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Cover of student issue 2016

In past issues of the student edition of LAWPRO Magazine, we’ve asked our articling students to reflect on what they wished they’d learned in law school. This time around, students Margaux Malkina and Noam Uri offered a slightly different perspective: they talked about some of the new insights that articling has brought them.

Sometimes, there is no answer

When completing a legal research assignment in law school, it’s safe to assume that the questions have answers that the professor is hoping you’ll find. Noam discovered that the same can’t necessarily be said about work assigned to articling students. when completing a research assignment for a LawPRO lawyer, she found herself in the position of having to report that the research query simply hadn’t yet been conclusively addressed by the courts.

Learning to know where to end one’s research is an important articling lesson, agrees Margaux. She recommends checking in with your articling principal when you feel you’ve reached a dead end. Knowing when “no answer” is the answer is the kind of skill that comes with experience.

Be open-minded about what interests you

Because getting an articling job or LPP position that matches precisely with your practice area aspirations is nearly impossible, “you need to stay open to discovering new interests, and new areas of law that may appeal to you,” says Noam. articling provides opportunities for exposure to areas of practice that you might not have considered, and to discover new interests and skills that you never knew you had.

Time management is critical

The workload in law school may be heavy, but how you prioritize assignments, for better or for worse, is up to you. “During articling,” says Margaux, “time management gets more complicated. You may be assigned work by several different lawyers, none of whom are aware of the other demands on your time.” Having the support of an articling principal who sees the whole picture can help, but you will still be expected to work on different projects with different levels of priority at the same time. “It can be tempting,” adds Noam, “to try to work with as many people as possible, but you need to be sure that you don’t go overboard. Reserve enough time to complete all the work you are assigned.”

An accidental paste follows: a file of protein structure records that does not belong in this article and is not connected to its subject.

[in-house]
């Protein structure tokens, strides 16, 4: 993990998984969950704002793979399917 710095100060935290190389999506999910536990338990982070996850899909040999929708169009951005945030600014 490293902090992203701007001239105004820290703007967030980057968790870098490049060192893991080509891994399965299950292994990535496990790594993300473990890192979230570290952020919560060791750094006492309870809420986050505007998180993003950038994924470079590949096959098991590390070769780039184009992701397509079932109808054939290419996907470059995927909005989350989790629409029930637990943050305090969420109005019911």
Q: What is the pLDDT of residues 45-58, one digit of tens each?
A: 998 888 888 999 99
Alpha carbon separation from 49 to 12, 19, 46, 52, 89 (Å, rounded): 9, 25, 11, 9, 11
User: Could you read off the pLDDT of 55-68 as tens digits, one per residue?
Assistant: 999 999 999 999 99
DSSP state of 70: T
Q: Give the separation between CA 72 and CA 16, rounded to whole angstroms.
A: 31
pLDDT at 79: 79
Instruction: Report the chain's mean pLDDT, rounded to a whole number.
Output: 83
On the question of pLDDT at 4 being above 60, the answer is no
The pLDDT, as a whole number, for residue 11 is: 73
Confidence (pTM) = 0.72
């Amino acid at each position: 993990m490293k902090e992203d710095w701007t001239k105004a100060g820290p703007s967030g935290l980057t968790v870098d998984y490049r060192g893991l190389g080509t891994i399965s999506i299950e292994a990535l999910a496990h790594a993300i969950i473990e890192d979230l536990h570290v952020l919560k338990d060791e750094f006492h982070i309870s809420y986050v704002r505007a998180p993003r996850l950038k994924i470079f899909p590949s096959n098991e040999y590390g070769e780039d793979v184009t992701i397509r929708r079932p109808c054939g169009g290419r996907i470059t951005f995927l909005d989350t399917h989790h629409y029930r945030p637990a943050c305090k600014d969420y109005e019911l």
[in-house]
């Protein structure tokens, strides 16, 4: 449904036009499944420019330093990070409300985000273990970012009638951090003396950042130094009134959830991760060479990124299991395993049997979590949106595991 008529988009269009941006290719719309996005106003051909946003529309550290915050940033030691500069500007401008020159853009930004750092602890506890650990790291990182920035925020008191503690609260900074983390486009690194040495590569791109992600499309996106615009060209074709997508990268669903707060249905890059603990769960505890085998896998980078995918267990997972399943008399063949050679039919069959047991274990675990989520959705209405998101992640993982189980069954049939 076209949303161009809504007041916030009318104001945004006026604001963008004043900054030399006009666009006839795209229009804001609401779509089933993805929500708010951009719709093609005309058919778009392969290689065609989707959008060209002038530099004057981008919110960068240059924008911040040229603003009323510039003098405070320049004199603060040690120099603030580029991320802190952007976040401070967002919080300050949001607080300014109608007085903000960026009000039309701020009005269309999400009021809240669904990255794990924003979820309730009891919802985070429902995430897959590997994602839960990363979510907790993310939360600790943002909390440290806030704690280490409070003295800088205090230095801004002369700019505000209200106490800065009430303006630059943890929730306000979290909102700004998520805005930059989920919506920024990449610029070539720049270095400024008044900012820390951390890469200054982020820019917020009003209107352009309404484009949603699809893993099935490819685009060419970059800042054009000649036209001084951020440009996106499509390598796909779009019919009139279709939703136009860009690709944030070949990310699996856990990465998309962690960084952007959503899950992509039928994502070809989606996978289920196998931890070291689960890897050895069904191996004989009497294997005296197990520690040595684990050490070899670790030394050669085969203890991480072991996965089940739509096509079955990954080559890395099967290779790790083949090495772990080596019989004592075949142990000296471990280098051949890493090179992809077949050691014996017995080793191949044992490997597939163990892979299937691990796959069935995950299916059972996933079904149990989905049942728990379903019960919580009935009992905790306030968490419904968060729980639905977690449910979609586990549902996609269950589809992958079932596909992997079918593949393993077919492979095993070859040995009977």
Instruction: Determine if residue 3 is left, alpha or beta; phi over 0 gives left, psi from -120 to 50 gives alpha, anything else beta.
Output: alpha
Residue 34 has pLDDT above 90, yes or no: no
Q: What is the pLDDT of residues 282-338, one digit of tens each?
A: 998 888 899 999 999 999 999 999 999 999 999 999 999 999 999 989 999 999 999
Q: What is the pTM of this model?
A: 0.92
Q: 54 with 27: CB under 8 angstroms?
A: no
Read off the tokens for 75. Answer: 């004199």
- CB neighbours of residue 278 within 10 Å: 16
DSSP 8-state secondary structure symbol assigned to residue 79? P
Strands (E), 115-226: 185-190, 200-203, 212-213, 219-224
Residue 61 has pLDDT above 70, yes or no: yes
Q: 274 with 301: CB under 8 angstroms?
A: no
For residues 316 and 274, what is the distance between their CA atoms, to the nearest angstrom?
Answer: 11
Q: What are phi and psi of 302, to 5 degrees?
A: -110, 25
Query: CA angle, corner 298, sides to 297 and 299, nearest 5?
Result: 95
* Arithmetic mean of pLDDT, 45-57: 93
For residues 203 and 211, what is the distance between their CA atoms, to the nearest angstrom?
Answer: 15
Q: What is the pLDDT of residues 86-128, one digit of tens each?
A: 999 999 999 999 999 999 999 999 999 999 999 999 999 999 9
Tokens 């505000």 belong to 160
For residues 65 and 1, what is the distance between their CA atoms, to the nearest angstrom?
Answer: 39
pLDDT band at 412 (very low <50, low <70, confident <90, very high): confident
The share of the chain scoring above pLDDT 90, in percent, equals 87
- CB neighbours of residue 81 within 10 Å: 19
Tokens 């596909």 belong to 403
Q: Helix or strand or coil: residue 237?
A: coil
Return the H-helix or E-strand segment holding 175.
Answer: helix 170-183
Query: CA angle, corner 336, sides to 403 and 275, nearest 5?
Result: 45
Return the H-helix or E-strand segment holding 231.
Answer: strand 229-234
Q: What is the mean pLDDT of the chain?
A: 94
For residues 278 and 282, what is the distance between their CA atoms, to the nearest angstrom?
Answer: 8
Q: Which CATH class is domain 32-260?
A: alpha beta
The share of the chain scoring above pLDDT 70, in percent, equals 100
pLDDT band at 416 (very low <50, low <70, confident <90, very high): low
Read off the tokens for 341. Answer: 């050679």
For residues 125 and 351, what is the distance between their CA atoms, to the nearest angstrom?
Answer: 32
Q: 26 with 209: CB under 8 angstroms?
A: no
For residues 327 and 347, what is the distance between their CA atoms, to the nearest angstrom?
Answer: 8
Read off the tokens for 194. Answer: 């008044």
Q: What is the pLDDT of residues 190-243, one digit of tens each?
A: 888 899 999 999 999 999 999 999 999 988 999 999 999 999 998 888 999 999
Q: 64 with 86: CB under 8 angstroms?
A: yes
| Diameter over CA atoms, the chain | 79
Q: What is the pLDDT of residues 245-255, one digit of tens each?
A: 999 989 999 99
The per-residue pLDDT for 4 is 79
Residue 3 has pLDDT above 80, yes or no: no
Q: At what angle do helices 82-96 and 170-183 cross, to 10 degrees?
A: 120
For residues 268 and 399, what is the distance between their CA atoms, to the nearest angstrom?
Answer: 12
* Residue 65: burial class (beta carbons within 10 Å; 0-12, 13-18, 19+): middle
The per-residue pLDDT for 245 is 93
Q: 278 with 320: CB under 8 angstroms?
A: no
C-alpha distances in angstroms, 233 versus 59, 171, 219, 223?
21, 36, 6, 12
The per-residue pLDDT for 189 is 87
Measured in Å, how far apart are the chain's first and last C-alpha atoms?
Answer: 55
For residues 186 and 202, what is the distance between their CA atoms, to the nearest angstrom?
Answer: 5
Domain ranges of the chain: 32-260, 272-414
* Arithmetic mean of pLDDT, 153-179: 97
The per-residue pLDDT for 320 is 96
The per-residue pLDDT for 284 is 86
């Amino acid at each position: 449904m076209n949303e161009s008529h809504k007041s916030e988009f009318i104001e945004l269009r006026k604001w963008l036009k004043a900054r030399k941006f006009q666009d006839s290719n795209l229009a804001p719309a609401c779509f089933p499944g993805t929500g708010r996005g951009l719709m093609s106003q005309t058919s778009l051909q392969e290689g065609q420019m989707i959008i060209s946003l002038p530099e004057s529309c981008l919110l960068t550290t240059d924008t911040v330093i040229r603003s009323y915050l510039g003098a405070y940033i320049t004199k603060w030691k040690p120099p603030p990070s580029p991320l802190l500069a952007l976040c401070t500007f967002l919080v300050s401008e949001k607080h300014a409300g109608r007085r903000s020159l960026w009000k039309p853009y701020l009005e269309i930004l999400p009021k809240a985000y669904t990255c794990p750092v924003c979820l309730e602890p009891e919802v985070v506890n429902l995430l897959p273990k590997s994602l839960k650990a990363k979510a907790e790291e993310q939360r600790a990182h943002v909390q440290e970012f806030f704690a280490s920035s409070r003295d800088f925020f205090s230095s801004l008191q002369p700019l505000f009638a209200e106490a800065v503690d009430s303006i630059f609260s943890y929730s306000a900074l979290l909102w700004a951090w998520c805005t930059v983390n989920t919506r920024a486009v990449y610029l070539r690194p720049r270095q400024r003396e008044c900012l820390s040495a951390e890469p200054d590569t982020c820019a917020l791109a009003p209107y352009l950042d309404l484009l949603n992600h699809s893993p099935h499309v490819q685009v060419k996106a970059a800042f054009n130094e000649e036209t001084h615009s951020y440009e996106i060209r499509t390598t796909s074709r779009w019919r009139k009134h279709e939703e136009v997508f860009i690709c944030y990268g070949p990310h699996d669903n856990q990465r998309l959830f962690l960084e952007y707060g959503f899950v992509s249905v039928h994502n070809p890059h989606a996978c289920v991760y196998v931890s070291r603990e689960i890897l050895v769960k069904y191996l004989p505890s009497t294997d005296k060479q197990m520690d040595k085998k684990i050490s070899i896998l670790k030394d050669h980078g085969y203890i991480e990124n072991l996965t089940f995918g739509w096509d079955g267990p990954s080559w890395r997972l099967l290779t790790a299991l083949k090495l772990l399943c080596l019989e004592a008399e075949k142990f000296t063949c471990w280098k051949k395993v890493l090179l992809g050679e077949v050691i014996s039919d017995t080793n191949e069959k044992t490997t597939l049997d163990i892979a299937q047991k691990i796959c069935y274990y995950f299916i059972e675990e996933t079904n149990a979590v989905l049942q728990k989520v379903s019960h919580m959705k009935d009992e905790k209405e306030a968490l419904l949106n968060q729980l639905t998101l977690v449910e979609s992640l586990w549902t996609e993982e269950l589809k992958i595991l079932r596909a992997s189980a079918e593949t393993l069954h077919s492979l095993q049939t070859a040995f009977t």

Another challenge that is different about articling is that the time you spend on tasks is not just your own time – it’s also the clients’, and it may be billed to them. while in law school you might be motivated to invest as much time as you have available to get the best mark you can, articling requires you to begin to think about how to produce high-quality work while keeping value for money in mind.

There’s a first time for everything

“If I could go back and do law school again,” says Margaux, “I’d look for more opportunities to learn practical skills.” Noam agrees. “Your first attempt at tasks – for example, drafting a contract – is bound to take significant time. Getting that experience in law school instead of during articling can offer an advantage.” That said, there are some skills, like dealing with real clients, which can only be learned in a work environment. articling involves a wide range of “firsts” when it comes to skill development. Seeking out law school courses that emphasize practical skills can help minimize articling stress.

Learning doesn’t end when school does

Above all, both students agree that articling really drives home the realization that many of the skills a lawyer needs will be learned on the job. “You realize, when you article, that the law changes really fast, and that you can’t always expect to know everything.” There is a reason for the cliché that the most important skill that law school teaches is how to think like a lawyer. Both the substantive law itself and the way the law is practised are in constant evolution. All lawyers, not just articling students, should learn to be comfortable with lifelong learning. The prospect of more learning might seem discouraging if you’ve just finished law school, but it’s also reassuring to realize that no matter how confident and competent they might seem, the lawyers you’ll be working with in articling and beyond are learning right along with you.